Sunday, April 24, 2011
Novels Must Have Scenes on Highways, Making Driving Seem Poetical and Magical
As travel reading on my recent hiatus-jaunt to Ireland I packed Steve Hely’s How I Became a Famous Novelist, a novel with a keen eye for the chortlesome japes to be had on the creative writing circuit. Its protagonist, Peter Tarslaw, is a rocket-propelled opportunist who decides to become a best-selling novelist in order to upstage his ex at her wedding. For Pete, writing is essentially a scam he explains to himself in a series of rules (‘Evoke confusing sadness at the end’, ‘Novels must have scenes on highways, making driving seem poetical and magical’, ‘At dull points include descriptions of delicious meals’, ‘Must include a murder’). Having studied the New York Times bestseller list, he draws up a list of potential bestsellers of his own on a sheet of paper he calculates is worth $32.5 million between royalties, movie rights and franchise fees, not to mention video game tie-ins. The ideas include ‘A New York City cop discovers that some Hasidic Jews have found a long-lost eleventh commandment that changes everything’ and ‘Pharmaceutical companies are poisoning everyone’s brains’, though that last one, he realizes wasn’t his idea – it was something a homeless guy had shouted at him while stuffing newspapers into his shirt.
In tribute to Pete and his never-known-to-fail rules, I thought I might try riffing on his method with some bestseller ideas of my own.
The ghost of Princess Diana is desperate to make contact with her sons to warn them of a kidnap plot but can only communicate with them through the medium of Alphabetti Spaghetti.
A psychic from Brecqhou, one of the lesser-known Channel Islands, discovers she has the unique gift of becoming pregnant with the ectoplasmic aura of anyone who sneezes in her company.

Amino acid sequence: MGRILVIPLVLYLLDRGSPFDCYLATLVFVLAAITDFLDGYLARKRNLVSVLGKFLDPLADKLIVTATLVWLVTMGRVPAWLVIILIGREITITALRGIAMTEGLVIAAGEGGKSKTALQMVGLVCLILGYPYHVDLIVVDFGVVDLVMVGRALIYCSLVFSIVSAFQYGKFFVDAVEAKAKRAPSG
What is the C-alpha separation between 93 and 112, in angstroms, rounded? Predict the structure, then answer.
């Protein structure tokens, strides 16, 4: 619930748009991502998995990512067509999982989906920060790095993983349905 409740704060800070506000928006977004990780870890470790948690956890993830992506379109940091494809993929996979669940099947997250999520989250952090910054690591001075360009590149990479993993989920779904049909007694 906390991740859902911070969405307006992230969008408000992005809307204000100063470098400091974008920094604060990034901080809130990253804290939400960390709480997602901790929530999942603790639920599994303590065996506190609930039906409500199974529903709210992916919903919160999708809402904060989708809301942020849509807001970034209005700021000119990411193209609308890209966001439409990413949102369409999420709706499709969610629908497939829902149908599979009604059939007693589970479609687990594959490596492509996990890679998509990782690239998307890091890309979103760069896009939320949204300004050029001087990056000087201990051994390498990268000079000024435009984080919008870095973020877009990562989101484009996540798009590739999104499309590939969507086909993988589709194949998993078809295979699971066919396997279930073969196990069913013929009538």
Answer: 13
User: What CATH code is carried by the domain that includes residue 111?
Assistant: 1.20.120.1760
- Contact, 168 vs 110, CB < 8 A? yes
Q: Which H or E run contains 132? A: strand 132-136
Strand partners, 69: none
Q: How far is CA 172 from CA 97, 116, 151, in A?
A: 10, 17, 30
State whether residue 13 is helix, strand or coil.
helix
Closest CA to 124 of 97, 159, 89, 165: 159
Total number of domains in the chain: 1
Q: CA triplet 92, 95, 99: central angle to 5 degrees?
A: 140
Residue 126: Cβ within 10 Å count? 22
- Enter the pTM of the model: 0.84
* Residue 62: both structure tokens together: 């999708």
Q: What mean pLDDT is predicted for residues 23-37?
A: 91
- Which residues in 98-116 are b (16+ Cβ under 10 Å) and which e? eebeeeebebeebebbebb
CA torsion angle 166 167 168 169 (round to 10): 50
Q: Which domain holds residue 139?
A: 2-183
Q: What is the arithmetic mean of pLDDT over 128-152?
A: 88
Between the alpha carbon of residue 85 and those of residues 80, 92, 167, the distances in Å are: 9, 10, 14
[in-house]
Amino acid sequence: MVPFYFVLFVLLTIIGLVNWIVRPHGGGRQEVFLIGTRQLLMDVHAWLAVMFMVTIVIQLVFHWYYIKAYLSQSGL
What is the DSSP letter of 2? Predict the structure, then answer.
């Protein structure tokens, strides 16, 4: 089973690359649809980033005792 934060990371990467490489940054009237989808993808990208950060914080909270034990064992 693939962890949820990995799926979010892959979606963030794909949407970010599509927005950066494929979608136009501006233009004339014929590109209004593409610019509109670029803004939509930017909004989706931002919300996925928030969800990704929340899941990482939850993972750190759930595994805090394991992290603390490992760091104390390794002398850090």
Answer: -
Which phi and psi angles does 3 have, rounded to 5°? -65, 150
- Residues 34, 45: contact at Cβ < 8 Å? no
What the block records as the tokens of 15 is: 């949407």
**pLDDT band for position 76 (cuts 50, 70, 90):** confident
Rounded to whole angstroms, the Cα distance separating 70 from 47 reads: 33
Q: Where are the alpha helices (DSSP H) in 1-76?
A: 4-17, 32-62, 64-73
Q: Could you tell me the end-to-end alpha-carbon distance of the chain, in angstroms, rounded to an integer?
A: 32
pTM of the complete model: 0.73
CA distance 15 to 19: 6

A maverick policeman uncovers a huge Masonic conspiracy in Britain’s call centres to cause millions of people slightly higher than usual levels of minor inconvenience and irritation.
A maverick vampire novelist uncovers a conspiracy by the global publishing industry to encourage millions of people to write books of their own, in order to recycle the postage on their manuscript submissions on a secret Polynesian island whose currency is used postage stamps.
A maverick plumber from Stockton-on-Tees, on the run from a shady cabal of other maverick plumbers, also from Stockton-on-Tees, tries to break the story of maverick (non-Yellow Pages) plumbers in the mainstream media, only to discover just how high the power of maverick plumbers goes (all the way to the top).
A feisty private investigator and paragliding enthusiast from Tubbercurry exposes the national scandal of inconsistent county council car park charges across the Irish midlands.
A telegenic mycologist in the Cleveland area makes the chilling discovery that reading the Daily Mail every day of her life, as she has done for the last forty years, has turned her into a Tory-voting racist cretin, a fact she exposes to the public at large by writing cretinously racist letters to the Daily Mail.
A pig farmer from rural Ohio finds shocking evidence on television and in print media that at least two large political organizations are planning to take control of the United States after the next election in that country.
A put-upon middle-aged accountant rediscovers his joie de vivre by touring the water filtration plants of the Northamptonshire area, finding love with a sassy Bulgarian waitress and chasing the dream of opening a water filtration plant of his own.
A three-year-old child accidentally assassinates the president of the United States and, in the ensuing political crisis, also accidentally, becomes president.
And that’s probably enough ideas for bestsellers.